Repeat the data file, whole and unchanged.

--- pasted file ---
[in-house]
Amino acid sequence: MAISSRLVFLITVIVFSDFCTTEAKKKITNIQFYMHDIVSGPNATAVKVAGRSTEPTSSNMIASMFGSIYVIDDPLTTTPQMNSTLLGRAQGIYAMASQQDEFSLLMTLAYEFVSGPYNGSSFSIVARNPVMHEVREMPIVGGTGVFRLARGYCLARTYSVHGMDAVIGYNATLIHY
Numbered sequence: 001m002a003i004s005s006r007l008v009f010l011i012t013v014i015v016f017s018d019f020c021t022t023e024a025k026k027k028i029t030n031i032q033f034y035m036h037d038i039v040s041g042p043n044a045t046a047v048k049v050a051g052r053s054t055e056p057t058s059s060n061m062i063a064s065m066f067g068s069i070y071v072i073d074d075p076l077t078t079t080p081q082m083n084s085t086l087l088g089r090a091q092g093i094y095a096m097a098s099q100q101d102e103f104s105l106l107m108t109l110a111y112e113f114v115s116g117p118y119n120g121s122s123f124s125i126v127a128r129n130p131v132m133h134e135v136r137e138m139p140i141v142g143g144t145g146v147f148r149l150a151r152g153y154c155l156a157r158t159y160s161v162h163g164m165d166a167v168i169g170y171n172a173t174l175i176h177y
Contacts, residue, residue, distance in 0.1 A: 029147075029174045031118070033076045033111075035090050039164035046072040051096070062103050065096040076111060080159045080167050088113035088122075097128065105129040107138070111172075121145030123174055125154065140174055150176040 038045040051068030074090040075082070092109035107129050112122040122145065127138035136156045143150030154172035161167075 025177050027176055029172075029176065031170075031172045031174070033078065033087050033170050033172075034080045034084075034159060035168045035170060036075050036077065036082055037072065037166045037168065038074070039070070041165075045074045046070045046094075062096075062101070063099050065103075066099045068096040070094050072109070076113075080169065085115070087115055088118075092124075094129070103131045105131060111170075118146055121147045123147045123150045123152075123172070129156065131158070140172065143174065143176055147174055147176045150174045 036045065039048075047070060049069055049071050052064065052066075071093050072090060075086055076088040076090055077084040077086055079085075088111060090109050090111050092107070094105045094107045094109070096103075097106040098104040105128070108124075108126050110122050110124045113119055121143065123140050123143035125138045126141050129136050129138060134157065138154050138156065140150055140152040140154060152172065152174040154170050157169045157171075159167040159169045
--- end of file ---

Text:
[in-house]
Amino acid sequence: MAISSRLVFLITVIVFSDFCTTEAKKKITNIQFYMHDIVSGPNATAVKVAGRSTEPTSSNMIASMFGSIYVIDDPLTTTPQMNSTLLGRAQGIYAMASQQDEFSLLMTLAYEFVSGPYNGSSFSIVARNPVMHEVREMPIVGGTGVFRLARGYCLARTYSVHGMDAVIGYNATLIHY
Numbered sequence: 001m002a003i004s005s006r007l008v009f010l011i012t013v014i015v016f017s018d019f020c021t022t023e024a025k026k027k028i029t030n031i032q033f034y035m036h037d038i039v040s041g042p043n044a045t046a047v048k049v050a051g052r053s054t055e056p057t058s059s060n061m062i063a064s065m066f067g068s069i070y071v072i073d074d075p076l077t078t079t080p081q082m083n084s085t086l087l088g089r090a091q092g093i094y095a096m097a098s099q100q101d102e103f104s105l106l107m108t109l110a111y112e113f114v115s116g117p118y119n120g121s122s123f124s125i126v127a128r129n130p131v132m133h134e135v136r137e138m139p140i141v142g143g144t145g146v147f148r149l150a151r152g153y154c155l156a157r158t159y160s161v162h163g164m165d166a167v168i169g170y171n172a173t174l175i176h177y
Contacts, residue, residue, distance in 0.1 A: 029147075029174045031118070033076045033111075035090050039164035046072040051096070062103050065096040076111060080159045080167050088113035088122075097128065105129040107138070111172075121145030123174055125154065140174055150176040 038045040051068030074090040075082070092109035107129050112122040122145065127138035136156045143150030154172035161167075 025177050027176055029172075029176065031170075031172045031174070033078065033087050033170050033172075034080045034084075034159060035168045035170060036075050036077065036082055037072065037166045037168065038074070039070070041165075045074045046070045046094075062096075062101070063099050065103075066099045068096040070094050072109070076113075080169065085115070087115055088118075092124075094129070103131045105131060111170075118146055121147045123147045123150045123152075123172070129156065131158070140172065143174065143176055147174055147176045150174045 036045065039048075047070060049069055049071050052064065052066075071093050072090060075086055076088040076090055077084040077086055079085075088111060090109050090111050092107070094105045094107045094109070096103075097106040098104040105128070108124075108126050110122050110124045113119055121143065123140050123143035125138045126141050129136050129138060134157065138154050138156065140150055140152040140154060152172065152174040154170050157169045157171075159167040159169045